Lindsay Klaunig took a circuitous path — one that led her across the country and around the world — before coming back to Indiana to take on the duties of cheesemaker at Traders Point Creamery.
The 26-year-old Zionsville native was described as “one of a new generation of farmers searching for new models that will sustain us into the next century” by award-winning video journalist Rachel Leventhal, who photographed her while working at New Jersey’s Bobolink Dairy.
After leaving high school before graduating and later attending Indiana University, Klaunig headed to Washington state to get into farming. She picked blueberries in the summer and spent her evenings at a nearby creamery.
That’s when she decided to pursue cheesemaking, which led to an apprenticeship in New Jersey before she returned to Washington to manage a 200-head herd of sheep at a dairy that made sheep’s milk blue cheeses. She traveled to Romania and Ecuador and was chosen as a delegate to the 2008 Terra Madre, the international Slow Food conference in Italy, although she could not attend.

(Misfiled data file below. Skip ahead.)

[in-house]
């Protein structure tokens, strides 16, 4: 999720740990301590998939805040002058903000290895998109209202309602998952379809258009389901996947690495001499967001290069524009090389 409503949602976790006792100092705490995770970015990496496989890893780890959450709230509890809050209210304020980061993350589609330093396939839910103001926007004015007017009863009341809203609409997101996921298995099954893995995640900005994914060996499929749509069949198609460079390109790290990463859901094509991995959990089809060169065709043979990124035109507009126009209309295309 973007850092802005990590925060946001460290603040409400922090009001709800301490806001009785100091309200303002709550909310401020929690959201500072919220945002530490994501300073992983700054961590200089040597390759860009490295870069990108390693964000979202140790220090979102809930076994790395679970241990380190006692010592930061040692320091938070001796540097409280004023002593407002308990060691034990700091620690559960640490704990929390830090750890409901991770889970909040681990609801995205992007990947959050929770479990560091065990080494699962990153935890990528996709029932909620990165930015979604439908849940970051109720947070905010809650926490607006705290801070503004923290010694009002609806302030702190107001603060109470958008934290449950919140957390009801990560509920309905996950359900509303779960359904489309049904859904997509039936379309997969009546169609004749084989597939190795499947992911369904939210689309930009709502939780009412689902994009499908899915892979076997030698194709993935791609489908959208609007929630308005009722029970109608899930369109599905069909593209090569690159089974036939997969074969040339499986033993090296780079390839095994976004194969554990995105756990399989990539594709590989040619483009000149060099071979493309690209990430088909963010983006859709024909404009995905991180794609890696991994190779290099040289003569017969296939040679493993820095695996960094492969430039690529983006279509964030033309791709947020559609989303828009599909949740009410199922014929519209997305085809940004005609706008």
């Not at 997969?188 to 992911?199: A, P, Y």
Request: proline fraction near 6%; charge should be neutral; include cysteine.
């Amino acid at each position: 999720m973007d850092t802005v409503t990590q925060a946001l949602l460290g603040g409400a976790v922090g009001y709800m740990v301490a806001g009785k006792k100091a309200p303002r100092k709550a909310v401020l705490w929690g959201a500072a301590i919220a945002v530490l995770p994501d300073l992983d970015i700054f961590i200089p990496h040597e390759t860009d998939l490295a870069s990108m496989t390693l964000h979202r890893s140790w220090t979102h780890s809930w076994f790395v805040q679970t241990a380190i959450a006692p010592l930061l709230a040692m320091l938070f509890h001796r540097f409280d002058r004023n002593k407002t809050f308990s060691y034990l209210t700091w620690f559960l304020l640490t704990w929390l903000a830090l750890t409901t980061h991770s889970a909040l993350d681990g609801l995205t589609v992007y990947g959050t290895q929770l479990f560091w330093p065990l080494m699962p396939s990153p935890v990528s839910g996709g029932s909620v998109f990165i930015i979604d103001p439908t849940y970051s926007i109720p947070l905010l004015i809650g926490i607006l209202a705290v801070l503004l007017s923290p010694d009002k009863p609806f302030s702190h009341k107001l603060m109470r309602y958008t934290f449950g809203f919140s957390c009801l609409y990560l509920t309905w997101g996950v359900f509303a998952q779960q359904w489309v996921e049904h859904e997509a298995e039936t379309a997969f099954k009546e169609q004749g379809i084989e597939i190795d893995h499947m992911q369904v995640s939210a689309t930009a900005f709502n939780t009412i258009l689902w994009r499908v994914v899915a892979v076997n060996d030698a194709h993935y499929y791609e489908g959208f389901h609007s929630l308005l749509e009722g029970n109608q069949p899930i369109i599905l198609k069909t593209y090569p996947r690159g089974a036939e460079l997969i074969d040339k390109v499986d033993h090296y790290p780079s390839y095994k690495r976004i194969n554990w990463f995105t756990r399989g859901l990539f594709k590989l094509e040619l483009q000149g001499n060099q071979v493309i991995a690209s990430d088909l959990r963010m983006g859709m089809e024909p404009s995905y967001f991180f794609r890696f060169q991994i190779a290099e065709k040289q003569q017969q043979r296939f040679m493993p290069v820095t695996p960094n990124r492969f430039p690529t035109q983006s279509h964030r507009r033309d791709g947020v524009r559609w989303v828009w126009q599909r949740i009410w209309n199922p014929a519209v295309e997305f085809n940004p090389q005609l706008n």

Klaunig’s most recent position was as cheesemaker at the well-established Consider Bardwell Farm in Vermont, which makes award-winning goat and cow milk cheeses under the direction of well-known cheesemaker Peter Dixon.
That’s where Traders Point Creamery owner Jane Elder Kunz found her new cheesemaker.
The young cheesemaker had been living in a tent cottage she built herself — “a shack,” as she called it — and situated nearly a mile into the Vermont woods.
A Dec. 16 post on the farm’s blog (ConsiderBardwellFarm.wordpress.com) documented her departure.
“After one last zero-degree night, our cheesemaker, Lindsay Klaunig, finally packed in her home of the past eight months,” the blog noted. “Living alone in her wall tent on the remote acres of Consider Bardwell Farm, the brave lady was the sensation of West Pawlet, defying all the local bets on how long she could bear the cold, wind and snow. 8Lindsay’s presence will be sorely missed at CBF.”
Now she’s living in a house at Traders Point, working on the new Greek yoghurt. This fall, she’ll reintroduce the creamery’s Fleur de la Terre as a raw milk cheese. Look for Klaunig to create washed and bloomy rind cheeses, smear-ripened cheeses, perhaps even a blue.
“The lure for me is the milk,” Klaunig said. “They tempted me with the potential to make raw milk cheese out of really good milk.”